Moreover, the fact that Google chose KC to launch its Fiber service was another indicator for us of the area’s potential in terms of both technological and entrepreneurial opportunities. Therefore, we wanted to tap into this vibe by opening our US headquarters in The Crossroads neighborhood of Kansas City, thus having access to a great talent pool and building a team ready to grow fast (and only 7 time zones away from our French headquarters). We are excited to become an integral part of this growing community of high-tech innovators.

It’s true that there are many business intelligence companies in the Bay area, but that just means more inflated prices and more unnecessarily complicated recruiting processes. We think we have a strong advantage over those other companies by having the first pick of graduates from the well-known universities as well as others who are drawn to the city. It certainly helps that Mayor Sly James and other local groups are working hard to make Kansas City the country’s ‘Most Entrepreneurial City’.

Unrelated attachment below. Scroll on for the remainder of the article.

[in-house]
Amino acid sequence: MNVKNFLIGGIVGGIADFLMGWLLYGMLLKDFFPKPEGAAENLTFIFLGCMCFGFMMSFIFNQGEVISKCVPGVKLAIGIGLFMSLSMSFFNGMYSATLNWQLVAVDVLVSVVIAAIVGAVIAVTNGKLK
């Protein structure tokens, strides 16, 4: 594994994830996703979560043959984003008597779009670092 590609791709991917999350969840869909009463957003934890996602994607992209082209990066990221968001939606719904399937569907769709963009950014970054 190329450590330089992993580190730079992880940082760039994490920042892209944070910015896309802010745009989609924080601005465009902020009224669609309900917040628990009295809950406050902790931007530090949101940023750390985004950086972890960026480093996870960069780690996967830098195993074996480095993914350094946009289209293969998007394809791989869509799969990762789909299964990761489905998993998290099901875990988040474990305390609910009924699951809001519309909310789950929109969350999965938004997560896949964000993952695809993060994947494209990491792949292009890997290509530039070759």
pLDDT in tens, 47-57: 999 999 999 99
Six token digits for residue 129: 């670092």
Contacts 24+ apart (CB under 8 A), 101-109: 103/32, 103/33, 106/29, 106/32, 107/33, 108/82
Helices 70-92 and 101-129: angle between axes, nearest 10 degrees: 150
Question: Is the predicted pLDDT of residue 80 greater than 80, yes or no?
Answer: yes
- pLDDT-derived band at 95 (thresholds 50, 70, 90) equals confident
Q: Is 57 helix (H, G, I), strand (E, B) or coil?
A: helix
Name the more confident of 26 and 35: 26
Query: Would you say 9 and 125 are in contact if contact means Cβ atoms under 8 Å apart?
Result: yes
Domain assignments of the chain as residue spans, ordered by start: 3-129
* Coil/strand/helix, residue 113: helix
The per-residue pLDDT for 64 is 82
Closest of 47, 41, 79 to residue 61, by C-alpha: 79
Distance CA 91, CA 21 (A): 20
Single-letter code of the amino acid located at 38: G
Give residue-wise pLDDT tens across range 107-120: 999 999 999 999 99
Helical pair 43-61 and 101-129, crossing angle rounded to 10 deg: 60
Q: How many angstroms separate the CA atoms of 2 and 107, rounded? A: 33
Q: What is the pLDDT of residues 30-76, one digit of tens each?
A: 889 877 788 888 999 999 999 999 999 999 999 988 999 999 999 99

CW: Can you give me some predictions as to how the Big Data landscape will evolve over the next 3-5 years?

I believe that two main changes are happening right now in the Big Data field: the way we understand / define Big Data and the way we use Big Data through cloud BI platforms. We already outlined this year a trend that is truer than ever for the following years: The entire web becomes the data warehouse. New data sources are popping up everywhere - everyday. Data becomes Big Data by default, even for small businesses.